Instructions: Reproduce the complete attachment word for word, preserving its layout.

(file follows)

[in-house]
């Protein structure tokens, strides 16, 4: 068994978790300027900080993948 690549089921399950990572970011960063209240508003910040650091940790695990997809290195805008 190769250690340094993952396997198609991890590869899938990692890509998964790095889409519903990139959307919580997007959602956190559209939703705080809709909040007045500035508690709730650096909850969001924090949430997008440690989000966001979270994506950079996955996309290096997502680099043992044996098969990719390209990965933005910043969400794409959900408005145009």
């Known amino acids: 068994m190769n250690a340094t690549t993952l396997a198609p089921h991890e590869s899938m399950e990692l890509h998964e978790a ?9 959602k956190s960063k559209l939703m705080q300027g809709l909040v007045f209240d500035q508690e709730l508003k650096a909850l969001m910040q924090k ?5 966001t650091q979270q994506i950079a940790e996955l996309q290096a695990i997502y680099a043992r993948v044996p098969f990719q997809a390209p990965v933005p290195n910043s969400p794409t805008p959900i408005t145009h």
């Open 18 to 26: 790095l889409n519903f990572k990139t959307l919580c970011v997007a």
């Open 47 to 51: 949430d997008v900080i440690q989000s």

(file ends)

[in-house]
């Protein structure tokens, strides 16, 4: 068994978790300027900080993948 690549089921399950990572970011960063209240508003910040650091940790695990997809290195805008 190769250690340094993952396997198609991890590869899938990692890509998964790095889409519903990139959307919580997007959602956190559209939703705080809709909040007045500035508690709730650096909850969001924090949430997008440690989000966001979270994506950079996955996309290096997502680099043992044996098969990719390209990965933005910043969400794409959900408005145009």
């Known amino acids: 068994m190769n250690a340094t690549t993952l396997a198609p089921h991890e590869s899938m399950e990692l890509h998964e978790a ?9 959602k956190s960063k559209l939703m705080q300027g809709l909040v007045f209240d500035q508690e709730l508003k650096a909850l969001m910040q924090k ?5 966001t650091q979270q994506i950079a940790e996955l996309q290096a695990i997502y680099a043992r993948v044996p098969f990719q997809a390209p990965v933005p290195n910043s969400p794409t805008p959900i408005t145009h």
């Open 18 to 26: 790095l889409n519903f990572k990139t959307l919580c970011v997007a």
């Open 47 to 51: 949430d997008v900080i440690q989000s």